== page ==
|Maughnaclea and Bantry Bay
13-14th January 2007
Sunset at Kealkil Stone Circle, Co. Cork
I recently had a conversation with an aquaintance who lives in the Bantry area, our discussion made me realise that I'd put off making the long drive here for too long. The whole area around Maughanaclea and Bantry is literally littered with great sites of all shapes and sizes. There are peculiar stone rows, a four poster, five stone rings, radials cairns and recumbent stone circles all within a couple of hours touring.
Saturday evening saw improving weather as I left Cork city centre, though by the time I'd reached the Bandon roundabout I still couldn't decide whether sunset would be best spent at Gurranes or futher west around Bantry Bay. Fortunately the line of cars that sneaked into the bus lane were not very accomodating, making the decision easy. Wild, wild west it is!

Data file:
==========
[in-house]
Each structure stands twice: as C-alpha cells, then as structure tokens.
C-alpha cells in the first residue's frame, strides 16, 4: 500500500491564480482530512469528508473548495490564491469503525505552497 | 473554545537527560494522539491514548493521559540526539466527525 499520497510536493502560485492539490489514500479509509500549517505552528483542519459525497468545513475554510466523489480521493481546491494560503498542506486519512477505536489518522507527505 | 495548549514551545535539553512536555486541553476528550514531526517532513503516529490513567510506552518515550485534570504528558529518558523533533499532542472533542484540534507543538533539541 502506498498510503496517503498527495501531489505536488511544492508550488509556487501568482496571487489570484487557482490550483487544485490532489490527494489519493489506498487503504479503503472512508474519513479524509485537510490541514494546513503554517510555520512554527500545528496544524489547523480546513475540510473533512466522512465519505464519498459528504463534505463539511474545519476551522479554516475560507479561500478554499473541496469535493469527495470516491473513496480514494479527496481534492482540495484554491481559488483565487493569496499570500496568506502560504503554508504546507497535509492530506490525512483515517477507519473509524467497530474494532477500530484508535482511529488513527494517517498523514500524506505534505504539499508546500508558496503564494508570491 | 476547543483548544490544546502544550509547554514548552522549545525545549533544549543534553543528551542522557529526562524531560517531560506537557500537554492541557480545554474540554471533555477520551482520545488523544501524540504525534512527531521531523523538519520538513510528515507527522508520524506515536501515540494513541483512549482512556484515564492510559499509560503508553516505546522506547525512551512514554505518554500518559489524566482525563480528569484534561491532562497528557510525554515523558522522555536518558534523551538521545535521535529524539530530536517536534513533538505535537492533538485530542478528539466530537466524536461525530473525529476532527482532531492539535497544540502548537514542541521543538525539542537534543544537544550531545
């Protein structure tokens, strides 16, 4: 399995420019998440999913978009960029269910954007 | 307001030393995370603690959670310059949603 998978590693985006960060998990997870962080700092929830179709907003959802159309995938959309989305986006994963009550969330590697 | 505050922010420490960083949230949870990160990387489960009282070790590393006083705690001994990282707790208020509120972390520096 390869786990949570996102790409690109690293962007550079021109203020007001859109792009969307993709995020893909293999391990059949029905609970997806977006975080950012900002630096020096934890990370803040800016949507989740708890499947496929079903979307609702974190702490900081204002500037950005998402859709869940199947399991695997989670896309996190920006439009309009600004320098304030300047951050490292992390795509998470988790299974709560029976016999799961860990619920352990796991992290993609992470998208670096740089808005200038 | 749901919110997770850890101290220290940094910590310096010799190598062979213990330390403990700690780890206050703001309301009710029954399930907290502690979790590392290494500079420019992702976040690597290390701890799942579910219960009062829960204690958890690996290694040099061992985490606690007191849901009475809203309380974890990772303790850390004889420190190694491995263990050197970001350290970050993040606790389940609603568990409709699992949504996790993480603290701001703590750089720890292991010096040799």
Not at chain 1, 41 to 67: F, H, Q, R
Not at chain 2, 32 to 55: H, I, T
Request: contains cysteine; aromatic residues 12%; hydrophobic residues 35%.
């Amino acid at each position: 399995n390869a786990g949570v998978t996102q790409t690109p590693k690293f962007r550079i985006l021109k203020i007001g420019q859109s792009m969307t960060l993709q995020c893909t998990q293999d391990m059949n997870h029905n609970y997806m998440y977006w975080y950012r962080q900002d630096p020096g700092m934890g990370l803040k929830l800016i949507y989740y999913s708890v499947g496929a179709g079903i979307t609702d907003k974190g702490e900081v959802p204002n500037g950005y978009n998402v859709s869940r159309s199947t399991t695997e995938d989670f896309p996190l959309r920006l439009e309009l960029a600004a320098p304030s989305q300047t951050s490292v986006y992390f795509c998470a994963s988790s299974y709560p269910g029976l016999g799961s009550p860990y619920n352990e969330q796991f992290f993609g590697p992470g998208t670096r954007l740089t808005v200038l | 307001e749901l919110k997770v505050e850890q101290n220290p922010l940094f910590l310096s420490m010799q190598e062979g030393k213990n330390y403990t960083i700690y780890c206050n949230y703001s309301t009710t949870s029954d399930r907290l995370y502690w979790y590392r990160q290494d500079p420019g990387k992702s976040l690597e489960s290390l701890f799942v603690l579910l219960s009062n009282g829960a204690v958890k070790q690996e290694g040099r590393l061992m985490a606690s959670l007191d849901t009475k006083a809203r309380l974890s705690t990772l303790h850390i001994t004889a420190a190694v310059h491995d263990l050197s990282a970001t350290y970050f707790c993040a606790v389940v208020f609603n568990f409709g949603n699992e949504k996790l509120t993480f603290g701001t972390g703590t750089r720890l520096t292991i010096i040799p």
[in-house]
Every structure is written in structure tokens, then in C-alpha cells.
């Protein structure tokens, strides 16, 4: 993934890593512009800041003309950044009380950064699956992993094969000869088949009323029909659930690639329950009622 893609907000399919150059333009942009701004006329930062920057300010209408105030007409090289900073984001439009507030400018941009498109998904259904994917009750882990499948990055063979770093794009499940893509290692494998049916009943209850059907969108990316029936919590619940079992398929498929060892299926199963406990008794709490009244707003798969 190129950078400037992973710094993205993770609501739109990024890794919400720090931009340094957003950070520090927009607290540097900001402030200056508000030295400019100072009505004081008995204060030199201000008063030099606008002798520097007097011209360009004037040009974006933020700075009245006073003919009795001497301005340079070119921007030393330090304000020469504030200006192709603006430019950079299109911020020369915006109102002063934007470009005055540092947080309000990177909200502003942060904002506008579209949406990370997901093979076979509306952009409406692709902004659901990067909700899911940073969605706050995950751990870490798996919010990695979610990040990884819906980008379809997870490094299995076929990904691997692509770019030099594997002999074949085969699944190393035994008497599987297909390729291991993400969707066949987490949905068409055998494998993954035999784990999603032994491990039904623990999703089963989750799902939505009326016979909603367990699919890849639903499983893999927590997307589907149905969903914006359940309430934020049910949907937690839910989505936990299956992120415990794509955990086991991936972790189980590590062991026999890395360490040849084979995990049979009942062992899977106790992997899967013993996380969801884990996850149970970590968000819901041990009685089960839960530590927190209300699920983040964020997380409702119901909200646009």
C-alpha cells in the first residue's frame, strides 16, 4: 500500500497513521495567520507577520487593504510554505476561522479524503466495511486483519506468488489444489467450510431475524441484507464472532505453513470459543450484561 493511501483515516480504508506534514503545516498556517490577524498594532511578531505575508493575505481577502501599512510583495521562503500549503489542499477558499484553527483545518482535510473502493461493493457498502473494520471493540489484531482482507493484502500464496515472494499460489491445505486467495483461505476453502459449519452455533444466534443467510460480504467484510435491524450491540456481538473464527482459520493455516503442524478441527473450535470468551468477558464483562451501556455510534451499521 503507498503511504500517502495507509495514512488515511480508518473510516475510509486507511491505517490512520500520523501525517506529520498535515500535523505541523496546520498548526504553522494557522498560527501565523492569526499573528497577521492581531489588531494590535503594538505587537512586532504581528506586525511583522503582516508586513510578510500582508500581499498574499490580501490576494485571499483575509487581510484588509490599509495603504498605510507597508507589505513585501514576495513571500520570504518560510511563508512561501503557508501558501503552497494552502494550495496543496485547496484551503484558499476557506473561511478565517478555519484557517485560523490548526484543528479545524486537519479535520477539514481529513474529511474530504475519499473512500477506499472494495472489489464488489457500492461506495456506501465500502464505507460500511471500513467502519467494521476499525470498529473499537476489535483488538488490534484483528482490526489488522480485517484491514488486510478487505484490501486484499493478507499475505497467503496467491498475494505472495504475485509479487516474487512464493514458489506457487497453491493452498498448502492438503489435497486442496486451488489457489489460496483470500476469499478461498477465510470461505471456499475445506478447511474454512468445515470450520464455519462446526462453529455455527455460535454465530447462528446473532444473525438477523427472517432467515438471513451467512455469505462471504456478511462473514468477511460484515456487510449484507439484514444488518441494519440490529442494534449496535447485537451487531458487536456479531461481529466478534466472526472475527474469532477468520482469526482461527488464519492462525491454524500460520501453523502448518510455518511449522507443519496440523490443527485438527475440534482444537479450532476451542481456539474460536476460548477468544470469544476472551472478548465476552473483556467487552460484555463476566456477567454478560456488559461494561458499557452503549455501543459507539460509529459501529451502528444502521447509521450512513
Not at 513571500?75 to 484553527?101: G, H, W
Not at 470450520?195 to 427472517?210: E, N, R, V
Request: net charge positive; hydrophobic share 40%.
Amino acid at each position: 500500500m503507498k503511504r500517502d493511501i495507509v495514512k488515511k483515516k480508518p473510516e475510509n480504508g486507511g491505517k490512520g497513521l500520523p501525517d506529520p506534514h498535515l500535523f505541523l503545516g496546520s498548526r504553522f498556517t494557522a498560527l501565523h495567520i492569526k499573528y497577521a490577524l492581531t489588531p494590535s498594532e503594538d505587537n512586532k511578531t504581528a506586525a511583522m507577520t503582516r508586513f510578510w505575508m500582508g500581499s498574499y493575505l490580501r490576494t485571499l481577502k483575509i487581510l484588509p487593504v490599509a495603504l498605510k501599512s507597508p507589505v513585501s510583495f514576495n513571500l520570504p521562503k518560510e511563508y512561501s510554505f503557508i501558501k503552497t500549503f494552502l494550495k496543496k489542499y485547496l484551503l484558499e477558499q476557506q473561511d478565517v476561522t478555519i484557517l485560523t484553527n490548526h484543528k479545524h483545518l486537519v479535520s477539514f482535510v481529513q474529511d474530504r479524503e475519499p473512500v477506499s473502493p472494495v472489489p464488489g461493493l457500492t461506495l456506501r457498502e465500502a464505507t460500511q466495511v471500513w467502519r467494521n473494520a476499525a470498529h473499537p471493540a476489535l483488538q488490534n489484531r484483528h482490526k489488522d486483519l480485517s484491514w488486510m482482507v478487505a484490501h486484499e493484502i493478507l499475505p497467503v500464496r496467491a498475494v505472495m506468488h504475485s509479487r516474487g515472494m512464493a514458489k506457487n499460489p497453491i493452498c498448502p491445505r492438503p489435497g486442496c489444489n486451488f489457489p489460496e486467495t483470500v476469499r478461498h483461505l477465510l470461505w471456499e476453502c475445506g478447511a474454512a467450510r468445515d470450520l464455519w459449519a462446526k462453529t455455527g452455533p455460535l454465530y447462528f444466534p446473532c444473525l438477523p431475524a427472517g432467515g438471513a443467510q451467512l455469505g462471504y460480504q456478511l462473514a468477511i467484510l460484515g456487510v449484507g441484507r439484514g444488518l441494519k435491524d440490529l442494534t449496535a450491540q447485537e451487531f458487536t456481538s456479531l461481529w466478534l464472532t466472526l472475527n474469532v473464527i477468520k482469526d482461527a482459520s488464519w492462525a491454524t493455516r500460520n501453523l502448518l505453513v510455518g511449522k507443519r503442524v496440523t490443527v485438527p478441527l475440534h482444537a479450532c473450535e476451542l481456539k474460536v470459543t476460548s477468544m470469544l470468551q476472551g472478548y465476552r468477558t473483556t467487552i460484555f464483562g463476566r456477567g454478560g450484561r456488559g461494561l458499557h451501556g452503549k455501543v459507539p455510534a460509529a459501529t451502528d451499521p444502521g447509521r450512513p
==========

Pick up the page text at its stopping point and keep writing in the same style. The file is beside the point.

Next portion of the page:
With a window of about one and a half hours in which to get to the site and set myself up, it had to be somewhere that was relatively easy to find and get to. The photos I had taken before at Kealkil do not do any justice to the wonderful views from the complex, maybe they could be improved upon.
As I arrived a small group pulled up in front of me, by now the weather had turned grim and gloomy but we all made our way gingerly around the swamps and hedges towards the massive totem pole-like standing stones. Battered by wind and rain, the group of visitors took some photos of each other and the taller stone and left. I took shelter behind the smaller, squatter stone and waited.
The dark rolling clouds began to thin about one quater of an hour before sunset, though I had by now returned to the car. When a break came, I could see that there was no high level cloud above the dark ponderous rain clouds above, perfect conditions for a spectacular sunset if everything falls into place. Fortified with some chocolate, I squelched my way back across the fields.
Kealkil, Co. Cork. Standing stones and five stone circle beyond, looking west.